2005: "We became a joint partner of the Euro Attractions Show, which is three to four times the size of the Asia show." This year, the European show will be held Oct. 6-8 in Rome.

2008: "We hired an executive director for Europe and opened an office in Brussels, with four full-time staffers, all Europeans. Since then, our membership has grown by 17 percent in a market that, like in the U.S., is relatively mature."

2009: "We opened an office for Latin America in Mexico City," Bray says. "Mexico is the biggest market for amusements.

2010: "We hope to open an office in Asia by the end of this year, most likely in Hong Kong
or Singapore."

Global outreach also enables IAAPA to promote safety standards for amusements and attractions in countries where such standards are weak or absent altogether, Bray notes. "We've conducted safety education via road shows in Latin America, India, China and Abu Dhabi. It's a mission we undertake for safety's sake, but these also are opportunities to attract new members and to build name and brand recognition."

Getting started Following are key steps in the process.

• Gauge buy-in here. Association executives must make sure they have the full support of the board and CEO, says Carolyn Lugbill, as some funds and staff time likely will be diverted from other initiatives. 

• Consider potential markets. Once the decision to go international is made, Lugbill suggests forming a task force or advisory council to determine the most viable countries or regions ripe for expansion. Associations should first consider areas where individuals have expressed interest in the organization and/or membership, says Terrance Barkan. For example, DScoop, a Chicago-based association of Hewlett-Packard graphic-printer users, will hold it first international meeting in Seoul this fall, since the largest group of international attendees at DScoop's most recent annual conference hailed from South Korea.

Some groups expand in destinations where the industry they represent is booming, e.g., manufacturers in China, while others go where there is major growth in fields the association represents. For example, the Middle East and Asia both have a dire need for project managers, according to the Project Management Institute.

Experts also advocate looking at countries with relatively strong economies, based on data from sources such as the World Bank and the global unemployment and gross domestic product figures published weekly in The Economist. Besides Brazil and India, Barkan sees Malaysia and Indonesia as rising stars, given current market data.

When it comes to China, however, association experts say to proceed with caution. It's a difficult place for outsiders to conduct business, says ASAE's Graham, and as associations in China typically are funded and overseen by the government, it's hard for citizens there to join independent organizations of any kind. Graham and others advocate working with an experienced third party when attempting to open an office, set up chapters or launch an expo in China.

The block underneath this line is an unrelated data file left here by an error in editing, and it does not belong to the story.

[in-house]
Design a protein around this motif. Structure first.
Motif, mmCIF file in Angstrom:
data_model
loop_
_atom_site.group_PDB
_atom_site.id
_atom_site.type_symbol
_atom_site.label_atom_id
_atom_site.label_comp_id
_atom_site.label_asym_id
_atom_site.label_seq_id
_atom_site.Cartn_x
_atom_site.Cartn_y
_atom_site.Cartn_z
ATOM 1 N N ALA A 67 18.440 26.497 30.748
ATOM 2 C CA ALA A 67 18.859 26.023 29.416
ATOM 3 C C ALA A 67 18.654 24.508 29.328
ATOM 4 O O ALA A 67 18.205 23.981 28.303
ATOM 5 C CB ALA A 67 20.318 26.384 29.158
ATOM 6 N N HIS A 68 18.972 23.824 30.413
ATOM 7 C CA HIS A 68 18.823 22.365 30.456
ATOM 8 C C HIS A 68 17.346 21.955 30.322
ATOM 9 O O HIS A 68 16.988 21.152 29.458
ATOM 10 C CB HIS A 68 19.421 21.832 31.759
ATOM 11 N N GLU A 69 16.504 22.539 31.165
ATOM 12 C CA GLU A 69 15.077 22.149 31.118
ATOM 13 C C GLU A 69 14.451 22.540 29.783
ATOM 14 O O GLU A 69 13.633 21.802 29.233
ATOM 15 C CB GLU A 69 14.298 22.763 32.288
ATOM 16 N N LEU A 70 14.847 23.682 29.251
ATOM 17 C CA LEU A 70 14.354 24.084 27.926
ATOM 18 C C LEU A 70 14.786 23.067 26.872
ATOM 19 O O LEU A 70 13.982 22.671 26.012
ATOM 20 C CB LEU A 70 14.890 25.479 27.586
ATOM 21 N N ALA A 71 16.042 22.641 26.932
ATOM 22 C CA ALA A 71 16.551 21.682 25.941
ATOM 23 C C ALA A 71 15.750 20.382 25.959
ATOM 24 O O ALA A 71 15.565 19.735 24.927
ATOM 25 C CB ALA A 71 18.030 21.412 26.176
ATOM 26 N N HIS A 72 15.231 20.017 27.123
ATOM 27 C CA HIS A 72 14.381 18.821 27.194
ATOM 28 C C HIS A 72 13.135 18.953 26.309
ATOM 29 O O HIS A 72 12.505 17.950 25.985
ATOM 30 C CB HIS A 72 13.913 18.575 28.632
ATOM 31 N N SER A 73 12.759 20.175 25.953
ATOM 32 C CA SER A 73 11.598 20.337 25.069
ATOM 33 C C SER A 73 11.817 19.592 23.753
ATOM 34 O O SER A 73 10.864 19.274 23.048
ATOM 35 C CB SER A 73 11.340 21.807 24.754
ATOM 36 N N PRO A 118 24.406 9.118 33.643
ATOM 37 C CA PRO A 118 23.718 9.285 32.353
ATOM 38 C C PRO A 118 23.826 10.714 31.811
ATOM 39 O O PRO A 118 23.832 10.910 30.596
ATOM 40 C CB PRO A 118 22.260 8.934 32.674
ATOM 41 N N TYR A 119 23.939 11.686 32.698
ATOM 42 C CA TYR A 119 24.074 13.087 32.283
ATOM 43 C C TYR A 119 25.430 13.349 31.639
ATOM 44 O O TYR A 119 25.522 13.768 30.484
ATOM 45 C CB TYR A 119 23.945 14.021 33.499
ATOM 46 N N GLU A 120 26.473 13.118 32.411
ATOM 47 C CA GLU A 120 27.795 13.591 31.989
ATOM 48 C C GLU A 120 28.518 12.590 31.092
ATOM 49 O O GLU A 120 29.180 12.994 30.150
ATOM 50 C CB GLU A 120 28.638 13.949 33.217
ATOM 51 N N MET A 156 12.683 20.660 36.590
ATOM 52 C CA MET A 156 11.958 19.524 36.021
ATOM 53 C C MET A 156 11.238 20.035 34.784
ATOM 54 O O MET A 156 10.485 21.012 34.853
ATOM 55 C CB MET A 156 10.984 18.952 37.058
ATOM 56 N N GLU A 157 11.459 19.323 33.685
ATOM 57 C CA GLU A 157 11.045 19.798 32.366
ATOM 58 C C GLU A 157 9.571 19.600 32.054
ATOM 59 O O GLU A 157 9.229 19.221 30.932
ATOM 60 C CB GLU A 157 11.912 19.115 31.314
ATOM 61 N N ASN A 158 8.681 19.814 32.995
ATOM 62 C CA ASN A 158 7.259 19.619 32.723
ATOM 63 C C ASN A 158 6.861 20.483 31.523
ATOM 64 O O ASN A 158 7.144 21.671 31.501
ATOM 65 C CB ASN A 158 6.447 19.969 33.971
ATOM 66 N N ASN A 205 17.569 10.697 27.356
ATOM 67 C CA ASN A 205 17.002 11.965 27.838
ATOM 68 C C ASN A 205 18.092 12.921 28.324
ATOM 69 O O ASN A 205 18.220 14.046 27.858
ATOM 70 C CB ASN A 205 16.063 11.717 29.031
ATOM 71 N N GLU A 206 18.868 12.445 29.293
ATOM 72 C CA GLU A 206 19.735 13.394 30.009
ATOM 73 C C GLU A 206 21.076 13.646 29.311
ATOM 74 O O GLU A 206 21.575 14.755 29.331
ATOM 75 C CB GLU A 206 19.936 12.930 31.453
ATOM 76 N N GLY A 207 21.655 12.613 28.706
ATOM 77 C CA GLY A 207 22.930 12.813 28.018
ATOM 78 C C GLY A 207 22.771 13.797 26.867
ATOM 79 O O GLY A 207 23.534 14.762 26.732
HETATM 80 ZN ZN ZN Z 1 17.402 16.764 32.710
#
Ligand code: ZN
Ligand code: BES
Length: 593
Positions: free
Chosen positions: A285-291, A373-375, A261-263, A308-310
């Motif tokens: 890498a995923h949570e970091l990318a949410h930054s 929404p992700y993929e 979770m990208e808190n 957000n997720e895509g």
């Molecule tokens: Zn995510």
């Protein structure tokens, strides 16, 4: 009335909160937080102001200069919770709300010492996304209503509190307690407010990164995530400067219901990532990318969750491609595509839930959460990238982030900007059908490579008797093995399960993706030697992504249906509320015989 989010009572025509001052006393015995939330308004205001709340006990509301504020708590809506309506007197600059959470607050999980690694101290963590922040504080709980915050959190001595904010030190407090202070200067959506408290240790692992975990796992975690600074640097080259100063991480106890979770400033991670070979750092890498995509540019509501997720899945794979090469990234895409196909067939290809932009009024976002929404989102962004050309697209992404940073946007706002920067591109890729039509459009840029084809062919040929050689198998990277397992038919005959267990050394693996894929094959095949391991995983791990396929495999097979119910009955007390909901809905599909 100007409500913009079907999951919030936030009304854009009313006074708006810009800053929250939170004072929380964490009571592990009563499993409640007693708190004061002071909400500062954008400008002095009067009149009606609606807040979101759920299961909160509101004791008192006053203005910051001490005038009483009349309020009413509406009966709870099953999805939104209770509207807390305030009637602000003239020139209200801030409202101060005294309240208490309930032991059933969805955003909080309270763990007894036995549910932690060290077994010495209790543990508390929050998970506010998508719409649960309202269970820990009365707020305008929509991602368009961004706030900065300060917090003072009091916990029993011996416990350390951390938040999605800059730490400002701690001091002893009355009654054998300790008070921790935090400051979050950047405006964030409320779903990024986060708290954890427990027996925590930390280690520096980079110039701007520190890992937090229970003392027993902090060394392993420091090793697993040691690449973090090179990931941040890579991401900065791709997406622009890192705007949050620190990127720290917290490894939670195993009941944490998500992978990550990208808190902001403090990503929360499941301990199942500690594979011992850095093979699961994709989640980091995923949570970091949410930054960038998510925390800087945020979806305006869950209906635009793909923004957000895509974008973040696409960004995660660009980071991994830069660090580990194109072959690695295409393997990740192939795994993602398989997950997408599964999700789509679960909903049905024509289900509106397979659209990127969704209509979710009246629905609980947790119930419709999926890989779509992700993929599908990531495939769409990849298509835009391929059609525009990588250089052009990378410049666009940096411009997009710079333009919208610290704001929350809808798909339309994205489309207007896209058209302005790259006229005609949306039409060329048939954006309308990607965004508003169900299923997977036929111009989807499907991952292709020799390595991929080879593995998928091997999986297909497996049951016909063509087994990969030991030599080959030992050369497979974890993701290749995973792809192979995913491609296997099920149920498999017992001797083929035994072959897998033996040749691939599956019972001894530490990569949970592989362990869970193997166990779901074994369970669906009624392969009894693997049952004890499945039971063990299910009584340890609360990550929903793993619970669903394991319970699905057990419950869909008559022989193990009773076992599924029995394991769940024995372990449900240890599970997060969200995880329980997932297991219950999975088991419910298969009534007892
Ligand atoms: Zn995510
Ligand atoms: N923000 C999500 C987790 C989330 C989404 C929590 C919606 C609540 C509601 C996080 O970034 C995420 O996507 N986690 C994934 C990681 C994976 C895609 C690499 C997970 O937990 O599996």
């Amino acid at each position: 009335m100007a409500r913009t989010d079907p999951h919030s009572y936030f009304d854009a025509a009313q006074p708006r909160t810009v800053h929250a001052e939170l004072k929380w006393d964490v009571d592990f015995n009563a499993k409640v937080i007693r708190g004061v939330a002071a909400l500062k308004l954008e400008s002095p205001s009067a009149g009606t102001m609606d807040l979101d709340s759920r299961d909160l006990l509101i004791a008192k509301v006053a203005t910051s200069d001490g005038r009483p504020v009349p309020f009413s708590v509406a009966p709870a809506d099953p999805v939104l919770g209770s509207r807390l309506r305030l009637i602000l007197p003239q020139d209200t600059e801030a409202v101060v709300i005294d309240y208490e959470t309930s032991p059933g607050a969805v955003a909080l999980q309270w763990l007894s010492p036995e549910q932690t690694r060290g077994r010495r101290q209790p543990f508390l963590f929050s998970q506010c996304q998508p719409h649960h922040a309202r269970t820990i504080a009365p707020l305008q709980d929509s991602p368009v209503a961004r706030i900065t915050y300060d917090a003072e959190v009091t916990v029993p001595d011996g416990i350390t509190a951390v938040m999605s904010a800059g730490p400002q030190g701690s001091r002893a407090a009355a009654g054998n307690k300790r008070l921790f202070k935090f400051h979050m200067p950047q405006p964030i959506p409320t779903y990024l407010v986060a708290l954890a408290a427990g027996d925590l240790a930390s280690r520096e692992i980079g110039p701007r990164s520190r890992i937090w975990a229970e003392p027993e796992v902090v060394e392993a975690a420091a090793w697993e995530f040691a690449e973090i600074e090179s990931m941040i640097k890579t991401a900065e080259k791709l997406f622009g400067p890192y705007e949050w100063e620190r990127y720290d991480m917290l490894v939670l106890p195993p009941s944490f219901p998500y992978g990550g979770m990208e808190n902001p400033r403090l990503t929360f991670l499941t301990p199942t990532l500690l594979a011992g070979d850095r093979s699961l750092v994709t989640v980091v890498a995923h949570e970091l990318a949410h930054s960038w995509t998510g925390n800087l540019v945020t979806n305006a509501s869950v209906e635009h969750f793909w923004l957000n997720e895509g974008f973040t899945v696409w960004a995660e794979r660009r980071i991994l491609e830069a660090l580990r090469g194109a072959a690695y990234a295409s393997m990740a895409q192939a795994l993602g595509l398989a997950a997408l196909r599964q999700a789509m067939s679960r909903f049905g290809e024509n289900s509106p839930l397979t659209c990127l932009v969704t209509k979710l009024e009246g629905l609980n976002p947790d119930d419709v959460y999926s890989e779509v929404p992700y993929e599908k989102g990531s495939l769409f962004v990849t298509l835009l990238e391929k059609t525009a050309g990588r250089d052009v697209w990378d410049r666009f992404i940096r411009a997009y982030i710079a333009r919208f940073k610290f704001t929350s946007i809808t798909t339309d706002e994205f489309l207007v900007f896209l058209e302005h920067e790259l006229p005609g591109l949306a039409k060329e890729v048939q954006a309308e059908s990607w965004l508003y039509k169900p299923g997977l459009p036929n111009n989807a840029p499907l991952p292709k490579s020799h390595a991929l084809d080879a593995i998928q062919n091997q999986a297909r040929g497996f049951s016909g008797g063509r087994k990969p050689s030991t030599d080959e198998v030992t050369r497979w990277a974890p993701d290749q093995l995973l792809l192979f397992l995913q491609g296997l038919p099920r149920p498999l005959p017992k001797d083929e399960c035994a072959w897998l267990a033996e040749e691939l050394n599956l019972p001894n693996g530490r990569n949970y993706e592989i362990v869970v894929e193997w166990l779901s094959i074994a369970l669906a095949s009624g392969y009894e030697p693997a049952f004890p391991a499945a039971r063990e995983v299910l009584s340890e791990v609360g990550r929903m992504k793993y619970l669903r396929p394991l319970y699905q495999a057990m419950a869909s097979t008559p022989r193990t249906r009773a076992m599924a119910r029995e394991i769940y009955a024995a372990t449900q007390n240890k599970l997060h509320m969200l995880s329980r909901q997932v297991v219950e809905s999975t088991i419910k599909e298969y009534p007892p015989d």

• Gauge buy-in there. As potential markets are identified, Lugbill suggests holding a meeting, workshop or educational program in these locations to feel out and generate interest in the association.

Another way to gauge and attract interest outside U.S. borders  -- and at the same time build the association's brand internationally -- is via social media tools such as Facebook and LinkedIn.

Andy Steggles, COO of Washington, D.C.-based communications firm Higher Logic, recommends setting up micro sites (from the association's main website) for potential members from regions being targeted.

In instances where a related association already exists in a region, there still might be opportunities to grow the brand there by organizing a joint meeting or show. For example, the European Calcified Tissue Society essentially covers the same issues and has the same membership base as the U.S.-based Inter­national Bone & Mineral Society; the two groups are holding a joint meeting next May in Athens, Greece.

• Consider costs. Management, board and staff will need to travel to the areas targeted in order to lay the groundwork and build relationships. Other financial considerations include renting, staffing and outfitting an overseas office, translating educational materials, enhancing the group's website to include different languages, or establishing micro sites for countries or regions.

• Structure pricing. Determine whether the annual dues for U.S. members is appropriate for potential members from targeted developing countries. Consider offering reduced fees in those regions or even offering a separate international member category, where all overseas members pay a lesser annual fee.

• Governance/voting issues. Determine if and how international members will be represented. "Every time a group increases its international membership above a certain critical mass, the members in that part of the world start wanting more services, more autonomy and more say in the organization," notes Terrance Barkan. "Associations, by their nature, are democratic institutions, so one has to consider what rights and responsibilities those members have as their ranks increase."